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DO THE FRENCH GO TO CHURCH?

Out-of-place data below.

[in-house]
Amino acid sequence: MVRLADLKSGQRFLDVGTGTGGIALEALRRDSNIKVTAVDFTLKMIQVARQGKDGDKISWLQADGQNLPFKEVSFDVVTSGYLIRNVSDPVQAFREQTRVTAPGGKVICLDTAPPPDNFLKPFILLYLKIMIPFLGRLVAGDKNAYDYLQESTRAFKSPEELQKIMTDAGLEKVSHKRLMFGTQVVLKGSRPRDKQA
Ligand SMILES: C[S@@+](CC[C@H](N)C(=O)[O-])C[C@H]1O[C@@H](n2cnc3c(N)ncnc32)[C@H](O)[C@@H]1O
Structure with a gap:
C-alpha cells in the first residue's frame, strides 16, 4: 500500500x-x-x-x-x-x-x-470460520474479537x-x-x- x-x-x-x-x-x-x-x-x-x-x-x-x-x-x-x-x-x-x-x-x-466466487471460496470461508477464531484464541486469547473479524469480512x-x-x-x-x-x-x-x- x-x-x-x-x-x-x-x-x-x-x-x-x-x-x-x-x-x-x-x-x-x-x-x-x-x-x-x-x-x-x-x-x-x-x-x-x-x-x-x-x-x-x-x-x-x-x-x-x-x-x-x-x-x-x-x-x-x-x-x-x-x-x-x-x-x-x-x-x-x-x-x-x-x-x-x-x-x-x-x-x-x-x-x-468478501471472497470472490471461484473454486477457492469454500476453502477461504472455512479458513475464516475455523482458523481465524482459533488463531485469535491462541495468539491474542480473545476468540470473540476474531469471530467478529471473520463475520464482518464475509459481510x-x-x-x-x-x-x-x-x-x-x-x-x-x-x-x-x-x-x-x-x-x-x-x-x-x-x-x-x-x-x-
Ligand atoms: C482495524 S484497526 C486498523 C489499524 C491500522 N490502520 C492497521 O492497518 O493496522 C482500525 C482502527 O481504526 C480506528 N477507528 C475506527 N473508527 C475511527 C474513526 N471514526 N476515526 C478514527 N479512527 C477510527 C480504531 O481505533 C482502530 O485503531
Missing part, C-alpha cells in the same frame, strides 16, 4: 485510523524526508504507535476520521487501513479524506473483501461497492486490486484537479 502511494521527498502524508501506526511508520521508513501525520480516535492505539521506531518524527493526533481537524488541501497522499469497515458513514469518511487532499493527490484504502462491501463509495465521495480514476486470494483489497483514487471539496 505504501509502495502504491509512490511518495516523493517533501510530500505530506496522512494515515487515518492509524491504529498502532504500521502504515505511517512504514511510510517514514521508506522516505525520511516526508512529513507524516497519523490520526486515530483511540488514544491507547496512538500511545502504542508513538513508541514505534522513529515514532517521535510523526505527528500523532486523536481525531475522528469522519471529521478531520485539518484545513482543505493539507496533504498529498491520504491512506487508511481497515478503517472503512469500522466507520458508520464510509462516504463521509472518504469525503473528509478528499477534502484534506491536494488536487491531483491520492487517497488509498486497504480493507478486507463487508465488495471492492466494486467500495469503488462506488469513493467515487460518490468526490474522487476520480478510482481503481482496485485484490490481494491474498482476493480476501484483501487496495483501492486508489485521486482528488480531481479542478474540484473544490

One hears from returning soldiers various answers to this question. In The Living Church (August 30), an Episcopalian weekly, Rev. Dr. Wil liam 0. Woods, of the Maine Agricul tural Experiment Station, gives us this testimony: Although not one of the "great ones" invited to reply, the writer ven tures to scatter a few crumbs broad east" from his experiences as an en listed man in the American Expedi tionary Forces in France. A Protestant's Testimony. "What is the attractiveness of Rome? It is the wonderful devotion of her adherents. For six months 1 was stationed in Marseilles, with lib eral pass privileges. I do not know how many parish churches there are in the city, but 1 can recall visiting eighteen, and in four I was a frequent worshiper. "Conditions were the same in all: the first Sunday Mass said at 5 o'clock, with Masses following at hour or half-hour intervals until noon, and the Church filled to capacity from beginning to end three or four daily Masses even on ordinary ferias, and Benediction of the Blessed Sacrament almost every evening. Last Sunday rrorning, as I wended my way to the early Eucharist at our tiny Anglican chapel, 1 had to pass two Roman MISSIONS IN ALASKA. Sister Teresa of the Child Jesus has been appointed queen of his large Diocese of Alaska by the Right Rev erend Pishop Crimont, S. J. In that vast r^ion of about 600,000 square miles, the largest missionary field in the world, there are only twenty priests. Think of a priest in summer walking 600 miles, covered with mos quitoes, his "chapel" on his back, a little food to sustain him—depending on the streams for drink. What an opportunity for the "Little Flower" to fulfill her promise to "spend her heaven doing good on earth." As the needs are many and the means few, the Bishop has estab lished in Juneau a "Guild for the Lit tle Flower," in order to support the priests, and open schools and hospi tals. Anyone wishing to aid in this work can become a member of the Guild by contributing $1.00 or more a year. All contributions should be sent either to the Bishop or to Miss Rachael Barrington, Connecticut Apartments, Washington, D. C. NEW BISHOP. Mgr. Nicholas, who has been made Titular Bishop of Panopolis, and coad jutor to Mgr. Vidal, Vicar Apostolic of the Fiji Islands, was recently conse crated in Sydney, Australia. The cere mony was performed by Mgr. Catta neo, Apostolic Delegate to and New Zealand. A Impressed by her manner, the mur derers paused. 'You wish to kill me,' said this new Maccabeas, 'an$ you are free to do so. But first I have a favor to ask of you: it is that you make me the last victim. Kill my children first, and then I will die happy in the knowledge that your tortures cannot make the poor little ones deny their faith.' "Exasperated, one of the Boxers plunged his sword through the young est child so fiercely that he himself fell to the ground. Then he withdrew the weapon and seizing the tiny body dashed it against the wall of the church. "He killed the three other children in the same hideous manner, after which he despatched the mother with a single stroke. Her bleeding body fell over the corpses of her dear little martyrs as if it would protect in death as in life." so TRIBUTES*. Latin countries." Australia MOTHER'S LOVE. Rev. Alfred Botty, B. F. M., of East Mongolia, in recalling some of the events connected with the Boxer up rising about twenty years ago, tells one story worth repeating. He says: "Innumerable examples of remark able heroism shown by these unlet tered and humble Mongolians could be cited. Suffice it to give the following: "In the Church of Tsing-yeul an ex amplary Christian mother had taken refuge with her four children, one boy and three girls. The butchers ap proached her, brandishing their great knives and sabers. But the mother held up her hand with a commanding gesture and cried: 'Stop, I have a word to say to you.' them RELIGIOUS ORDERS FOUND THE MISSION FIELD. We are accustomed to hear men tioned a certain few of the congrega lions engaged in apostolic work that! we do not realize how many Orders were not founded for that purpose— but they dedicate certain of their members to such work and help swell the army of cross-bearera in remote quarters of the earth. In all the societies represented in £he official lists of the Society tor TirtM.Ti churches, in each of which I used to pause to say a few prayers. Always, rain or shine, there were crowds of devout worshipers thronging the altar rail regularly each Sunday morning, I feel sure, several hundred com munions were made in those churches before 7 o'clock. "Oftentimes a new Mass would be commenced before all the faithful had been communicated at the one preced ing. This may seem shocking to some, but the crowds that press our Lord necessitate it. even though, of course, the Blessed Sacrament is adminis tered only under one species. "Such times as I was able to attend Benediction, invariably I found, even on ordinary week-day nights, a com pany of forty or fifty gathered to gether to 'receive the blessing from the Lord.' The congregational singing made a deep impression the fervor of the 'Tantum Ergo' and the 'Gloire Immortelle ail Sacre Coeur' is a mem ory that does not fade. "I never passed a parish church without entering for at least a mo ment of prayer, and never was I dis appointed in finding some of the faith ful at their devotion. The French Catholics believe their re ligion, and practice it. Most Episco palians apparently do not believe the religion of the prayer book, certainly they do not practice it. Therein lies the 'attractiveness of Rome" in the MISSION FIELDS. Propagation of the Faith number about forty, and are as follows: Benedictines, Franciscans, Jesuits, Dominicans, Lazarists, Oblates, Sa cred Heart of Issoudum, Sacred Heart (Picpus), Congregation of the Holy Ghost, Lyons African Missionaries, African Missionaries (White Fathers), Paris Foreign Mission Society, Bel gian Foreign Mission Society, Belgian Foreign Mission Society (Scheut Fa thers), Milan Foreign Mission Society English Foreign Mission Society (St Joseph's), American Foreign Mission Society, Salesians, Society of the Di vine Word, Verona African Mission aries, Augustinians of the Assumption Oblates of St. Francis de Sales, So ciety of Mary, Pious Society of Mis sions (Pallotins), Eudists, Redemptor ists, Holy Gross Fathers, Passiopists Carmelites, Trappists, Children of the Immaculate Heart of Mary, Norber tines, Trinitarians, Foreign Mission aries of Rome, Foreign Missionaries of Parma, Foreign Missionaries of Turin Society of the Divine Saviour, Sacred Heart Society of Soissons, Fathers of the Holy Cross, Augustinians. WHEN HE WRITES HIS LETTERS In the little mission of Our Lady of Victories, in Sierra Leone, is a poor missionary very deserving of assist ance. For two years and a half he has kept every part of the mission running, without assistance. "I have been sacristan, altar bread maker teacher, catechist, cook, planter, and everything else necessary to keep a mission going," he writes. "It was impossible for me to have an assistant because, on account of the war, the number of missionaries was very lim ited, so I have been very, very busy In fact, the only reason I have a little time on my hands to write you this letter is that I am down sick and can't leave my bed. "There is one way in which you could help me a great deal, and that is by trying to interest your good workers in supporting a few catechists in my mission. I have only one, but there is work enough for a small army of them. You know they have a great hold on the people because they under stand them far better than a foreigner can ever hope to. For example, native catechist can discover where the sick people are concealed and can save many a poor soul at the point of death with the waters of baptism. "The small sum of four dollars is enough to support a catechist for whole month, and I can't begin to tell you the amount of work he is willing to perform for that. Would you be so good as to try to send me enough to hire even two or three for the coming year?" NO FALSE PRIDE ABOUT APOSTLES. IN stead~ and societies are represented in the mission world. Of course not all ofi f0ITthe s^e^kee!) ft'dean and weli them are entirely devoted to seeking the salvation of the pagans—they OUR That when missionaries ask for money, it is not for personal use is surely known to all Catholics now. Hungry and ragged they often are, because when an offering comes there are so many pressing needs for it that they can not bear to use it either for clothes or food. Not long ago a missionary received a little offering with which to purchase a much-needed cassock. His old one was so patched that the Sisters wrote they were really ashamed to patch it any more. Now comes an answer from this zealous apostle saying: 'You'll forgive me, won't you, if in- ofVuy'in6a new cassock I'spend the money for a far more worthy pur pose. I can wear my old one very well patched for me, and there are so many other things for which I need the money." of the number of those- doing God's work whose glory it is to wear out and not to rust out.—Mother the* Murp Aloysim i&vriey. a.v. THE CHINESE ARE DOING AWAY *1WlTH THE USURERS. 'M THOUT Getting ahead of the greedy money lender with his usurious rates is a val uable thing for the poor of any coun try, but to the Chinese it means real emancipation. For this purpose a so ciety has been formed, consisting of numerous circles of thirty members, in which each person contributes to the general sum required by the appli cant. Thus debt is avoided and wed ding and funeral ceremonies need no longer ruin a family for life. Rev. Father Yer Eecke, B. F. M., of North Kansu, gives us some informa tion regarding the new Mutual Benefit Associations: "The society assists only honest per sons and is designed to encourage the industrious class and keep them from inclining heavy debts. Of course, its methods are strictly Chinese. "To illustrate, I will describe the ettlement of a dowry. Formerly, the borrower would have recourse to a usurer, with the customary results. Now the father invites thirty friends to his home, where a simple dinner is served. This affair always takes place on the fifteenth of the month for some reason. The invitation is rarely disregarded, since the Chinese love so cieties. Each man promises to bring the small sum required on the fif teenth of the month to the host, who is thus supplied with the dowry. "The money is not regarded as a gift. It is simply a loan for which credit is given for thirty months, the creditor paying monthly installments. "Every thirty days, therefore, on the date affixed the associates meet at al ternate homes to transact their busi ness. In China, time is not money. "The formalities of the meetings would seem childish and fatiguing to an American, but they are of deepest interest to these men, who have few financial affairs with which to interest themselves." When our Lord hung upon the Cross was cried, in bitter scorn, "He saved others Himself He cannot save." It was true. If He had saved Himself, He never would have saved others. If He had come down from the Cross, He would never have re deemed the world. THE POPE AND THE POILU. (Continued from page 6.) 'We walked to Rome. It is a Ion'? journey. Madame has been to Rome? Ah! It is a large city, and very won derful, like Paris—but not so beaut ful or so—pardon? Madame asked about these, my medals? Oh, they are nothing. They gave them to so many! But, yes, naturally, 1 am proud rf them, but—well, I—I do not like to speak of them. It was nothing, noth ing at all. I—oh, well, if madame in sists, I was given this for—for just knocking down two of my comrades Madame thinks, perhaps, that I am joking? But it is true. I saw a shell coming, so 1 knocked Paul Pillotti and John Baldo flat upon their backs What godcT did'that do? I jumped on top of them, you understand? Ma dame does not yet comprehend? It is so simple! I caught the shell. It is that which has given me this ugly face. But I was telling madame about Rome, and that is more amusing than medals. "I found a little work to do. I lived with my two friends, and was able to pay my share of the lodging and food. But often we went hungry One becomes accustomed to going hungry if one is a soldier. However after I had been in Rome for som time, I began to wish very much see the city, to see all the places I had read of in my school books, i one day I went to the Vatican. "I had always wanted to see t' Vatican, and I had always wanted to see the Pope. When I was a little boy 1 dreamed about going to see the Pope, and now I was in the same cit with him, I commenced wonderin how I might accomplish it. "My friends said, 'You are mad No one can see the Pope!' But in spite of that my desire grew. Tt seemed to me, as I thought more ar. more about it, that I must see 11" Pope. I began to believe that I had walked all the way to Rome just for that and nothing else! I could n» get it out of my mind so, as I sa one fine day I took myself to the Vat can determined to do everything po sible to procure an interview with Hi Holiness. "There was a man standing guard on the steps. He had on the cloth of a king. But he could not frighten me. I went up to him and said: 'I wish to see the Pope.' He looked at me then that man smiled and began walking up and down. So I walked up and down beside him. I said: 'I wish to see the Pope.' He smiled again. 'You cannot see the Pope,' he said. 'No one can see the Pope. It is against the law. The Holy Father does not receive common French sol diers.' 'But,' I replied, 'if the Holy Father knew how much I wished to see him, I am sure he would receive me.' You see, madame, I had the so strong desire to clap my eyes upon His Holiness that I was very insist ent, and I kept marching up and down, up and down beside that man so beau tifully dressed, trying to keep step with him, which was difficult, his legs were so much longer than mine! Finally, 'Monsieur,' I said, 'if the Pope knew that I—' Then, suddenly, the good God sent me an idea! 'Mon sieur,' I repeated, 'if the Pope knew that I had saved the lives of two of his sons, and that I have been given the Croix de Guerre for it, do not you think he would be willing to see me?' Ah! That was a wonderful idea, sa pristi! That man stopped himself, then turned me about by the shoulder. "What is your name?' he demanded. I told him. 'Where do you live?' he asked, and I told him that also. Then he asked me many more questions, and finally I left him and went back to my friends and recounted all that had happened to me. They laughed at me, Madame. They said I was a TOE CATHOLIC BULLETIN, CCT0B1R 4, ltlf dream of such a thing! "That is what they said, madame. But you see 1 had" dreamed of it. I had wanted to see the Pope all my life! It had lived with me, a great desire, and since I had come to Rome it had grown until it seemed that, if my longing were not satisfied, I should lose my mind! "Well, they said I was a fool, so I tried to put the thought of seeing the Pope out of my head altogether. I worked hard, and a month passed. "Then one day a messenger came to our house, came—and asked for me! Imagine my astonishment, I who had never received a letter in all the time I had been in Italy. Who was there to write to me?" He paused a moment, a whimsically wistful smile playing over his poor twisted lips. I glanced at Marie. She was sitting forward, holding tight to the window frame as she bounced gro tesquely whenever we took the bumps a little too fast. There was an eager look in her eyes which she tried to hide as soon as she caught me watch ing her, but her interest was too great. "Go on, monsieur, go on!" she mur mured breathlessly. Then she remem bered her manners and once more sub sided into her corner. "Ah, but yes, madamoiselle, I will continue. Madame is interested now, eh? It is not such a stupid little his tory after all? It has its points, yes? Well, as I was saying, I was aston ished. I opened the letter with trem bling fingers, and I suppose that my face showed my surprise, for my com panions said: Sapristi, but he is clumsy through fright!' And I was frightened, madame understands, more so than ever before in my life! There is nothing in a trench to frighten one like a Pope! ride to heaven, as that His Holiness velope. much v/orn at the corners.* would receive a common poilu who With shaking fingers and the aid Of had given his name to one of the Vat-' his teeth, he managed to extract there! ican guards! I was a donkey to even contents. "There, madame," he said proudly, When at last I was able to look at what I held in my hand, I saw it was a paper with a great seal at the top, and on it were printed words which told me to come to the Vatican two days later to see the Pope pri vately. At first I was so bewildered that I did not believe it was true, and thought that there must be some mis take. But as I gazed upon that big sheet of paper, I began to realize that it was for none other than myself. Then, of a truth, I became frightened indeed. I did not want to see the Pope! I told my friends so. I said that, after all, it must be nothing much, this see a Pope. The Holy Fa ther was not a very handsome man, and I believed I would send a letter to His Holiness explaining that there had been a mistake: that his invita tion had, extraordinarily, got into the wrong hands. No, I did not care to go I would stay quietly at home— and read about the Pope in the news papers 'But my friends tore their hair! They raged! They swore, cursing me for a ninny. Per Bacco! But I must go! It was a command. I could not disobey. It was as if God in His heaven had sent th$ angel Gabriel to summon me before the throne. Was I mad? Had I lost my mind? Not go? 1 was a fool! *1 most certainly would have to go, there were no two ways about it! "You see, madame, I had what they call 'colfeet,' of an appalling coldness, and it was with very slow steps that finally I did drag myself there. "And ah! What I found! If I had been frightened before, now my legs were shaking so I c6uld hardly stand upright. My mouth was so dry that I thought I never would be able to tell them my own name. "There was a tall gentleman who met me at the door. He passed me on to another gentleman, who gave me yet to another. I thought I would never get through with those 'gentle men! But finally I was taken into a little room, very high and with a beau tiful window at the end which looked like the gates of paradise. And as I stood there, trembling, a figure all in white came through a door and I al most wept, madame, because he was so unlike a Pope and so like my own dear father. And he talked to me just as my father would talk. He put his hand on my shoulder. He ^sked me questions about everything: about my father and mother my little sisters, r.y brother who was shot at Ham about my medals my friends whom I had saved when the shell came— everything. And he spoke so gently —just as my father would—that I had no more fright and told him about my parents, who must have been killed when the Germans took our village of how I myself knew through a com rade that my sisters had—how the boches had taken them away of how I had come to Rome because there was no place for me to. go, my vil lage being*dust, my home gone. And the Holy Father put his arm about me and there were tears in.his eyes as he took my hand in his—but yes, ma dame, this one, all twisted, and use less—and said he was proud to feel the flesh that had bled for France close to his own flesh! "Ah! That was my hour madame! I kissed his hand and^ he blessed me, and when I came out "again into the sunshine it seemed brighter than I had ever seen it before. And when I told my companions about it after wards, they were very happy, for me —and perhaps a little jealous, too. They could not do enough for me. We had wine that night and they dfank to my health, 'The Hero of the Vatican!' One would have thought I had done something wonderful, but that kind and gentle man, who lives alone, shut up like a prisoner in his garden! "Then after nearly -three months had passed, one day there came an other letter. It was written on a big sheet of paper, with the great seal at the top, just as before. But this time it was not printed. It was a letter from the Pope, written with a pen, and in his own handwriting! Madame does not believe me, I can see it in her eyes. But it is true. I will show you, madame. She will be convinced." He fumbled in his pocket for a mo ment, his eyes shining, his whole man rer one of excitem|fit. Marie watched fool that one might as well expect the sood God Himself to send down him like a hawk." Finally he brought i flaming chariot in which I might it out, a large, soiled, crumpled en and leaned back with the air of a lawyer having won his suit. It was written in a rather fine, ver^ foreign hand, and in Italian which, unfortunately I am not able to read but at the bottom of the single sheet, before my staring eyes, was the un mistakable signature: Giacomo, Mar chesa della Chiesa, His Holiness Bene dict XV, Pope of Rome! I thought Marie would burst. Her 1 face assumed an alarming purple, and i she sputtered in French, babbling in coherent terms of endearment which she showered upon the Pope and the poilu alike. Then I became conscious that the hero of this astonishing tale was speaking once more. "Madame sees that I have spoken the truth. It is of a verity the sig nature of the Pope. I. always carry it with me wherever I go, it is my one treasure. Madame would like me to translate? Good—but no, I do not have to look at it, I know it by heart. It says that the Holy Father had had inquries made—it took three months, madame understands—and that he is, glad to inform me that both my father and mother are alive and are now in England in a place called Upper Meith that in this letter I will find a draft on the Bank of Rome, money enough to take me to England in the most simple way, which would he by New York because of the war that His Holiness blesses his' son and wishes him Godspeed upon his jour ney, and that the peace of God the Father may now and forever rest in my heart, even if it is not to be found in the world at this time. Then the Pope signs his name. That is all. I am waiting for a ship to take me to England, and then I shall see my mother and my father, and perhaps 1 will be able to get work to do. They say we who are unfit can always find work in England. "And now, if madame will have the goodness to allow me to alight, I will do so after expressing the gratirude I feel toward madame for befriending a lonely French soldier. Madame has been more than kind." \s he stood at the side of the road making funny little bows, his cap in his hand and his scarred boy's face looking up into mine, my heart nearly overflowed. I know trify eyes did. And as for Marie! "Won't you tell me yottr name?" I asked. "Ah, no, madame, if you please! That would spoil it. That would spoil it. That would make you feel, per haps, that you ask me to your house, and I—well, I would rather not. I should like to keep this afternoon— as it is, one of the pleasant memories I shall take with me from New York. Besides, I may at any moment receive word that I must embark for England. Adieu, madame—mademoiselle, and again 1 thank you," and with a gay little wave of the cap he turned and limped away. I watched him disappear. Then I slammed the door to and snapped at Gifford to drive home. "And you needn't blubber, like a great baby, Marie," I said, wiping the tears frojn my eyes while I sniffed In a most unladylike manner myself. "There must be thousands just 'like him, 1.^01* soul!" "Ah, DUt so—so young, madame, so y-young and b-brave! Oh, the poor little boy! The poor little cabbage!" "It has been a wonderful experience. Think of picking up such a story as that, and in Central park." "It is not his story, madame," Ma rie whimpered. "That is nothin But the young gentleman himself! So charming, so -gay in all his medals! Ah, it is to make the heart ache—and madame in her old gray! I told ma dame she should wear her blue fou lard. Then, perhaps, monsieur would have consented to return with us with madame. It is a. thousand pit ies •. "You foolish creature! Do you sup pose the boy noticed what I liad on, an old woman like me?" "One can never say. If madame had worn her blue foulard, he might have!" replied my incorrigible maid as we drew up at the curb once more. THE HEW SIZE DUKE PARMA CIGAR VERY MILD HAVANA Z?83 i The Catholic World. NUN A Smoke You'll Riwuwtir' gvtrr AS A HUT Bart & Mtxrpkf Good Smoke* Bao* •aim PmL US.*. Minneapolis Office and School Furniture Co. Make a Specialty of Church Furniture Send for Cataloga* Offico and Factory! Cor. 8th St. and 8th Ave. S.E. MINNEAPOLIS ORDER PATTERNS BY NUMBER Miflh Sill The tunic portions may be omitted. The f'Httcin i.s cot lu Sizes*: 1H, 18 anil 20 years. .Size 18 will mini re yards of 41' incli material. Width of foundation at lower edge, is 1 •/, yards. A |k I tern of this Illus tration mailed to any address on receipt of lOe in silver or lo and 2c stamp*. Waist 2987 and Skirt 2995—A Stylish Gown.— Tliis graceful ereatim i.s of bine serge and black moire, taffeta and seitfe, crepe ilt» chine anil satin, would also be etlective. The Waist Pattern 21^7 is out in 7 Size*: !4, 3(i, 3N. 40, 41', 44 and 4fj inches bust J983—A Trim One-Piece Dress for Mother's Girl. -For thi. model brown checked Kiutrlinni was combined with white repp. One colli. 1 have blue Wiambiv.v with checked or plain ging ham, (.r linen, with the vest and other trim ming: embroidered. This model is good also i'or serge, ohallie, trnbardine. velvet, taffeta and poplin. The pattern is cut in 4 Sizes: 0, S, 10 a'til 12 years, siz? 8 will require yards of 44-inih material. A pattern of this Illustration mailed to any address on receipt of 10c in silver or lc aiid 2c stamps. J968—A Clue Model for a Schoo* Dress.—This *tyle will lend Itself well to check or plaid suiting, to serge or velour, gabardine or volie. It is alo good for gmKi'ain, percale, seer sucker. linen, talTeia and velvet. The skirt is attached to an underwaist. The pattern is cut in 4 Sizes: S. 10, 12 and 14 years, s^ze 10 will require 4 yards of 44-i'ich ma terial. A pattern of this illustration mailed to any address on receipt of 10c in silver or lc and 2c stamps. '971—An Attractive Negrligee.—This is a good model for cotton or silk crepe, for flannel or tlannelletfe. eiderdown, blanketings, crepe de chine, taffeta, satin, lawn, dimitv or dotted Swiss. The pattern is eut in 4 Sizes: Small, •'J2-34: Medium, ilti-.TS: I.arge, 4»M2: K'xtra large. 44-4U Inches bust measure. Size Me dium requires ."i-'ij yards of 44-inch material. A pattern of this illustration mailed to any add rev on receipt of 10c in si) ri or lc and 2- stamps. 2623—A Cool, Practical and Comfortable Apron. —This Is a ko*1 model for gingham, chaui brey. percale, drill, khaki, lawn, sateen or alpaca. The holt is a good style feature. It has the pocket attached. The pattern is eat in 4 Sizes: Small, H2-:i4: Medium, 3*1-38: I^irge, 40-42, and Extra Large, 44-4H inchea bust measure. Size Medium requires 4 yards of liti-inch' material. A pattern of this illus tration mailed to any address on receipt of 10c in silver or stamps. !972—A Smart Little Frock.—Here is a pretty model with -attractive lines and pleasing fea tures. The fronts open over a vest, which together with collar, belt and cuffs, may be of ccnrrHsting material. The pockets are joined to the belt. The sleeve may he tin ished in wrist or elbow length. Blue and white check gingham, brown and white stri|)ed galatea. llkwise plaid or check suit ing. repn, poplltu or gabardine are good for this style. The pattern is cut In 4 Sizes: 2, 4. and 8 years. Size 4 requires 2% yard* of 27-i:ich material. A patlern of this illus tration mailed to any address ou receipt of 10c in silver or lc and 2c stamps. 999—A Stylish One-Piece Model.—This pretty frock could be made of blue velvet with fac ings of satin, or of serge, with trimming of satin. Jersey cloth, duvetvii. taffeta, gabar dine and velour are also attractive for thfs style. The pattern is cut in Sizes: 34, 38. 40. 42 and 44 inches bust measure. Sisti KM requires 5!s yards of 44-inch material. Dress measures aliout 2 yards at the foot. A pattern of this illustration mailed to any ad dress on receipt of 10c in silver or lc and 2c stamps. MAILING INSTRUCTIONS The patterns illustrated on this page will bo •nailed ro i 2995 Z.%6 Wlf- 2978—A New One-Piece Model.—Satin, velvet, tiiftVra, serjjp. or jtarbuuliiie could be useil for this IIHMICI. The tunic portions may be of contrasting material. Blue satin, with liaruts of embroidery, or brown taffeta with g••ergette in a matched shade could l»e nsetl. any address on receipt of 10 cents', in silver or stamps, for each pattern. & ID Zm A "3W these •lutterns ulloNfanee Is made for Beams. Order ly number and size and seud money with order. Write plainly. Kill out attached coupon and send to this office. O A A O N O I E Send 10c in silver or stamps for oof TTp-to Dnte FA T.I. WINTER. 1010-1020 CATALOG, containing .".50 designs of l.adies*. Misse.-' an.) riiildreti's 1'atterns. a CONCISE AND COM PREIIKNSIVB ARTICLE ON I)RF.SSMAKIN*«. AI-SU SOME POINTS FOR THE NKED1.E III lnstrati.-nr :?0 of the various, simple stitches) all valuable hints to the home dressmaker. WILLIAMS GROCERY CO. WHOLESALE SIS Washington Avenue Minneapolis Tel. Nle. 1473 C«at«v 1473 Connelly & McDevitt funiral Directors and (mbainers 189-191 W. Seventh Street Near Seten orners B*H »hon«a ST. PAUl, MINN. 8646—A Comfortable Play Dress.—This little model lc nice for drill, gingham, chnmlirey. galatea awl tlannelletie. The bloomers ::re joined to a waist, which may be finished wirli wrist length or elliow sleeves. The pattern s eiM in Sizes: 1, 2. .'t. 4 anil 5 years. Size 4 will require 2 li measure. The Skirt 2fKJ." is cut lu 7 Sizes: 22. 24. 2ti. -S, ,'iO. .12 and :4 inches waist measure. A medium size will lequire yards or' 44 inch material. Width of skirt at lower edge with plaits extended is about 2's yards. This "illustration rails for TWO separate pattern* which wi.l lie mailed lo any address on re ceipt of 10 eenis 1 Olt EACH pattern in silver -«r lc and 2c stamps. yards of Tit inch material. V pattern of this Illustration mailed to any dress on receipt of 10c in silver or -damps. Waist 2978, Skirt 2975—A Pretty Dr«sa for Home or Calling.—Midnight blue eharmeuse. embroidered in blue and gray, would be sniarr for this design, georgette and serge could he combined, or velvet and satin. The blouse is made from Pattern 2".t7.T It is cut in 7 Sizes: 4. 3(i. 3S, 40. 42. 44 aud 4H inches bust measure. The Skirt Pattern 2!'7,") is cut iu 7 Sizes: 22. 24, 20, 28, :',0. :2 and :!t inches waist measure. A medium size''Will require yards of 30-iiieh material. ONO Could have the skirt of broadcloth or ser and the waist of civpe. batiste or silk. The skirt measures 1"„ yaids at the foot with plaits extended. This illustration oalN for TWO separate patterns which will be mailed t" any address on receipt ol' 10c FOR EACH partem in silver or 1c and 2c cuffs stamps. 2998—A Comfortable Dress for Mother's Girl I'or this style, checked novelty in hrowu and green goods was combined with greeu serge. One could have blue serge and satin or. taf feta. or have fronts, collar, cuffs and lielt. trimmed with braid. The sleeve may be in wrist length, iinished wltn a baud cuff, or iu ••blow length, with a shaped cuff. The pat tern is cut In 4 Sizes: 0 K, lit and 12 year Size 10 will require 2"i yards of 41 inch ni.i terial. A pattern of this illustration nuile'd to any address 011 receipt of 10c in silver ot ic and 2c stamps. 3988—A Smart Frock for the Growing Girl, This is a good model for velvet, taffeta, serg". gabardine and linen. The vest portion, collar and could be of contrasting material. The skirt is Joined to an underwaist of lin ing. overlaid to form a vest over the front. One may have a seinf-ttt'ed sleeve, or one in elbow length, for this di".s. The puttem la cut in 4 Sizes: s. 10. 12 and 14 years. Sii* 10 will require yards of 44-inh material. A pattern of this illustration mailed to any address on receipt of 10c iu silver or lc and 2c stamps. 8891—A Simple House Dress' With Sleeve in Either of Two Styles. -Percale, gingham, chatnbiay, lawn, tlannelet te, and drill are good materials for this style. The sleere may be finished in wrist length with a bawl cuff, or loose, nt elbow length. The pattern is cut in 7 Sizes: "4. "fl. 38, 40, 42, 44 anil 4li Inches bust incAsuie. Si .e :'.S requires ."•% yards of .'iO-lnch tnateiial. Width at lower edge is about 21-t yards. A pattern of tifls illustration maiied to any address nn receipt of 10e in silver or lc and 2c stamps. 8994—A Practical, Pleasing Combination Gar ment. Til is comprises a comfortable corset cover and a dart fitted one-piece undersi.lrt or petticoat. One could use flouncing for both the models, or batiste, nainsook, lawn, dimitv, crepe, washable satin, silk and cr»p* ile chine. The ruffle may le omitted. The pattern is cut in 4 Sizes: small, .'$2:14 Medium. 3U-3N Large. 40-42: Extra large, 4! If. inches bust measure. Size Medium re quires yards of ::i}-ineh material, with yard for the mtBe. A pattern of this illus tration mailed to a'l.v address on receipt of 10c in silver or lc and 2c stamps. 8979—A New Coat for the Little Miss.—A frnmi feature of Ibis model is the sleeve portion, which forms part of the front and back. Cheviot, serge, velvet, velveteen, plusb. cor duroy. velour. tricoleite and jersey cloth are nice for this design. The coat fronts tuny he rolled high or low. The pattern is cut ir» 4 Sizes: 0. 8. 10 and 12 years. Size 10 re quiie 3yards of 44-inch material. A Kv. pat* tern of this illustration mailed to any addrMtt on receipt of 10c iu silver or lc and 4e stamps. 8666—A Ciic Style for the Young Miss.—Here is a splendid model for the growing girl. It has straight lines and comfortable fullnw, and the design lends itself well to all Kind* of materinl. One could combine plaid suiting with serge, or cheeked or mixtures with con trasting plain fsbric. For linen, corduroy srid velveteen this is very appropriate. The pat tern is cut In 4 sizes: 8. 10. 12 and 14 year*. Size 12 will require "Vi yards of 44 Inch ma terial. A oattern of this illustration mniletf to any address on receipt of loo in silver or PATTERN COUPON Date ....19 The Catholic Bulletin, St. Paul, Minn, Find cuclosed cents for which please send to my address the following pat-terns No Sire No....:...:.. Shfe *. No. ... gl«e. K a a e )Mfci**s Note: at least 10 days most be allowed Caf sending patterns. Drake Marble and Tile* Company 607 9n§ AW ST. PAUL MINNEAPOLIS =3\ N. W. Cedar 588 Tri-8Ut« Jllll THE ELITE LAUNDRY CO. lannderers, Dyers & French DrrClein»r» For Prompt Ser»loe Try L'» fit Aartrt AVMMM, COV.Rl«« Street